Regarding ranolazine, based on data provided by local experts it was considered that during the first two months 80 % of patients received 750 mg (375 mg twice daily) as a daily dose, while the remaining 20 % received 1000 mg (500 mg twice daily) as a daily dose and from the third month and onwards 50 % of patients received 750 mg (375 mg twice daily) as a daily dose, while 40 % of patients received 1000 mg (500 mg twice daily) as a daily dose and the remaining 10 % received 1500 mg (750 mg twice daily) per day. The total 2-month and 4-month acquisition cost for ranolazine was calculated at 89.27€ and 178.75€ respectively (Additional file 1: Table S1).
To estimate the total 6-month hospitalization cost (excluding hospitalizations related to vascular interventions), the reimbursement tariff per hospitalization obtained from the Diagnostic Related Groups (DRGs) tariffs’ list issued by the Greek Ministry of Health  was multiplied by the number of hospitalizations, as provided by the 3 local experts. The hospitalization cost at a 6-month period was found to range from €226.67 in patients experiencing minimal angina episodes to €2451 in patients experiencing severe angina episodes [Table 2].
Regarding the cost of vascular interventions, the proportion of patients with stable chronic angina undergoing revascularization (i.e. PCI or CABG), as extracted from the literature  and validated by the 3 local experts, was combined with the reimbursed tariff per revascularization obtained from the relevant DRGs tariffs’ lists issued by the Greek Ministry of Health . The cost per CABG and PCI/stent were found to be €5772 and €1798 respectively. To account for the effect of angina severity to the hospitalization cost, the model allowed the proportion of patients requiring hospitalization (with and without revascularization) and the hospitalization frequency to depend on angina severity.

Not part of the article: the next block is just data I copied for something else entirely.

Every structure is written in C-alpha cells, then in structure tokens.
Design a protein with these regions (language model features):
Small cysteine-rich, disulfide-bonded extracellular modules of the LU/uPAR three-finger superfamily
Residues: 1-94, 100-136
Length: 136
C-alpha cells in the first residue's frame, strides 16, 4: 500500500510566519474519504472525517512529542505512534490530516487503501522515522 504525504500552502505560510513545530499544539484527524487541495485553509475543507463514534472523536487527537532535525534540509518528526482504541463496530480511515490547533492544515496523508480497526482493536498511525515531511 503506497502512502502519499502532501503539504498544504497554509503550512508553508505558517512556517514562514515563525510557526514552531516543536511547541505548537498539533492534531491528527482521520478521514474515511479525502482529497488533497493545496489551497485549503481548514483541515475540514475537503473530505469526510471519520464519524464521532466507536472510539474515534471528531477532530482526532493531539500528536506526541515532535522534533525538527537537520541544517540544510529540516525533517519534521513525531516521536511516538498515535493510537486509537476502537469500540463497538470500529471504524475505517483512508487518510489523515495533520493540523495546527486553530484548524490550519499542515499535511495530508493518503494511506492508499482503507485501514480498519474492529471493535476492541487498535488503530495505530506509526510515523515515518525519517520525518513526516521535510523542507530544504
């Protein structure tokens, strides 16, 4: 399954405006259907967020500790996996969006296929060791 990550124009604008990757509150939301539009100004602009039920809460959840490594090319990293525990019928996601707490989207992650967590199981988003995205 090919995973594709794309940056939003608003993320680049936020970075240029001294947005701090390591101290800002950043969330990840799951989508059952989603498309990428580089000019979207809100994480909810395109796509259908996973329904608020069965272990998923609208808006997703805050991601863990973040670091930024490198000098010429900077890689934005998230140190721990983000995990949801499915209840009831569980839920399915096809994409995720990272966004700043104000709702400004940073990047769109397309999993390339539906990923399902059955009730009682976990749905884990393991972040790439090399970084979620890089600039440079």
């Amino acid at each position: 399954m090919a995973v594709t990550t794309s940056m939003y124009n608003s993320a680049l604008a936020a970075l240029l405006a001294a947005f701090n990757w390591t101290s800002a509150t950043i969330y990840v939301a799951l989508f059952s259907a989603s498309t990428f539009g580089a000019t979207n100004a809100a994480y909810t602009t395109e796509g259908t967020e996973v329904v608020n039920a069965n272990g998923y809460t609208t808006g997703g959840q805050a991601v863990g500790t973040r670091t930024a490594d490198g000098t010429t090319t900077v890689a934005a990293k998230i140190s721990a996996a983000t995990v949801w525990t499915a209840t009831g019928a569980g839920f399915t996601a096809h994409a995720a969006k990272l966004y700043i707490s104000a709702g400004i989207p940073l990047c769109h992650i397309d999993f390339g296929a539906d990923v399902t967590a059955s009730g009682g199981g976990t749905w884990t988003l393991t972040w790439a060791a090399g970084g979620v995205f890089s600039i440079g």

Routine monitoring costs
Routine monitoring costs include outpatient visits, laboratory tests (e.g. blood and biochemical tests) and diagnostic tests. The number of visits, laboratory tests and diagnostic tests (e.g. echo, MRI etc.) required as well as the proportion of patients undergoing each test were retrieved from the 3 local experts. The corresponding reimbursed unit costs were obtained from the Government Gazette (FEK A’262/16-12-2011) and from the official site of EOPYY respectively.
The 6-month cost for outpatient visits was found to be extremely low ranging from €7 in patients suffering from minimal angina episodes to €31.33 in those suffering from severe angina. With respect to laboratory and diagnostic tests, it was found that the 6-month laboratory test cost varies from €7.93 to €40.29 and the 6-month diagnostic tests cost from €40.72 to €123.79 [Table 2].
As with hospitalizations, the model allowed the proportion of patients undergoing to laboratory and diagnostic tests, as well as the number of tests and visits to depend on angina severity.
The aforementioned data were used to get mean estimates of QALY, and total direct costs related to each comparator (ranolazine + SoC vs. SoC alone). The cost-effectiveness of ranolazine plus SoC over SoC alone was evaluated by calculating the incremental cost per QALY gained (ICER). For a treatment to be considered cost-effective a willingness-to-pay (WTP) threshold of €34,000 per QALY was used in the current analysis. This is based on the WHO guidelines stating that a treatment should be considered cost-effective if the ICER is up to 3 times the GDP per capita of that country and a treatment is considered highly cost effective at less than 1 times the GDP per capita . The GDP per capita in Greece was estimated at €17,000 taken from the IMF estimation of GDP per capita using current prices .